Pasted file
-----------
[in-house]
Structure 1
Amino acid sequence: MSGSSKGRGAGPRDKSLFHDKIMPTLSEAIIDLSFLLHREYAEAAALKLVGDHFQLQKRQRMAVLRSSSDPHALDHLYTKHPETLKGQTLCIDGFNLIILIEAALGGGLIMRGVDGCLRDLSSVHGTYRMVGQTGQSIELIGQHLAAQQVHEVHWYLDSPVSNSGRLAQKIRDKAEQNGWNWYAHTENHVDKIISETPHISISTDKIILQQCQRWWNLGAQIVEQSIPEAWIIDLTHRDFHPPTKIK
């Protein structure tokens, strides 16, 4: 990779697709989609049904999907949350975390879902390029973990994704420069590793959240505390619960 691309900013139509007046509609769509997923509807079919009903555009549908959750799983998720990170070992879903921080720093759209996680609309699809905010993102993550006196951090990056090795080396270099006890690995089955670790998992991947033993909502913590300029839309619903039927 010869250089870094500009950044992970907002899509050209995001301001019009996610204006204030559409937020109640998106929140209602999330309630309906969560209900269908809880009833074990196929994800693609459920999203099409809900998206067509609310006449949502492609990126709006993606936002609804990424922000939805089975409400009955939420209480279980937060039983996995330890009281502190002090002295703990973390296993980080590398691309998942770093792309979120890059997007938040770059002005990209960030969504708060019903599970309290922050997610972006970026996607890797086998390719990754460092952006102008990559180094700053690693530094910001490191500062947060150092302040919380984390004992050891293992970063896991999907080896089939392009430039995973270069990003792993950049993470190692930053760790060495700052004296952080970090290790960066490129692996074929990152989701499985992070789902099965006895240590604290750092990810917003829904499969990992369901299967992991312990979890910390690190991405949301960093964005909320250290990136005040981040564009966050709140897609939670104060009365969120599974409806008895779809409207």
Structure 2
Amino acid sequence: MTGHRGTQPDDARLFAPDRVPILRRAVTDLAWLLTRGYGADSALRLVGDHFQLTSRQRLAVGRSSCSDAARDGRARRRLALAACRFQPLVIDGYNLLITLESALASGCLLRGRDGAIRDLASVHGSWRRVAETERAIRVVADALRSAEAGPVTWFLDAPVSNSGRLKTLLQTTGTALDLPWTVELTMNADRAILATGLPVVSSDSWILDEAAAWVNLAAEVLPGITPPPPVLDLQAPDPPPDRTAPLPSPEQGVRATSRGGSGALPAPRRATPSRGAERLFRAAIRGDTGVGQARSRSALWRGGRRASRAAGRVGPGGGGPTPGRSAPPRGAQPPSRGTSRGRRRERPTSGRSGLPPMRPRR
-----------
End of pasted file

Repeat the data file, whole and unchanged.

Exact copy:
[in-house]
Structure 1
Amino acid sequence: MSGSSKGRGAGPRDKSLFHDKIMPTLSEAIIDLSFLLHREYAEAAALKLVGDHFQLQKRQRMAVLRSSSDPHALDHLYTKHPETLKGQTLCIDGFNLIILIEAALGGGLIMRGVDGCLRDLSSVHGTYRMVGQTGQSIELIGQHLAAQQVHEVHWYLDSPVSNSGRLAQKIRDKAEQNGWNWYAHTENHVDKIISETPHISISTDKIILQQCQRWWNLGAQIVEQSIPEAWIIDLTHRDFHPPTKIK
């Protein structure tokens, strides 16, 4: 990779697709989609049904999907949350975390879902390029973990994704420069590793959240505390619960 691309900013139509007046509609769509997923509807079919009903555009549908959750799983998720990170070992879903921080720093759209996680609309699809905010993102993550006196951090990056090795080396270099006890690995089955670790998992991947033993909502913590300029839309619903039927 010869250089870094500009950044992970907002899509050209995001301001019009996610204006204030559409937020109640998106929140209602999330309630309906969560209900269908809880009833074990196929994800693609459920999203099409809900998206067509609310006449949502492609990126709006993606936002609804990424922000939805089975409400009955939420209480279980937060039983996995330890009281502190002090002295703990973390296993980080590398691309998942770093792309979120890059997007938040770059002005990209960030969504708060019903599970309290922050997610972006970026996607890797086998390719990754460092952006102008990559180094700053690693530094910001490191500062947060150092302040919380984390004992050891293992970063896991999907080896089939392009430039995973270069990003792993950049993470190692930053760790060495700052004296952080970090290790960066490129692996074929990152989701499985992070789902099965006895240590604290750092990810917003829904499969990992369901299967992991312990979890910390690190991405949301960093964005909320250290990136005040981040564009966050709140897609939670104060009365969120599974409806008895779809409207």
Structure 2
Amino acid sequence: MTGHRGTQPDDARLFAPDRVPILRRAVTDLAWLLTRGYGADSALRLVGDHFQLTSRQRLAVGRSSCSDAARDGRARRRLALAACRFQPLVIDGYNLLITLESALASGCLLRGRDGAIRDLASVHGSWRRVAETERAIRVVADALRSAEAGPVTWFLDAPVSNSGRLKTLLQTTGTALDLPWTVELTMNADRAILATGLPVVSSDSWILDEAAAWVNLAAEVLPGITPPPPVLDLQAPDPPPDRTAPLPSPEQGVRATSRGGSGALPAPRRATPSRGAERLFRAAIRGDTGVGQARSRSALWRGGRRASRAAGRVGPGGGGPTPGRSAPPRGAQPPSRGTSRGRRRERPTSGRSGLPPMRPRR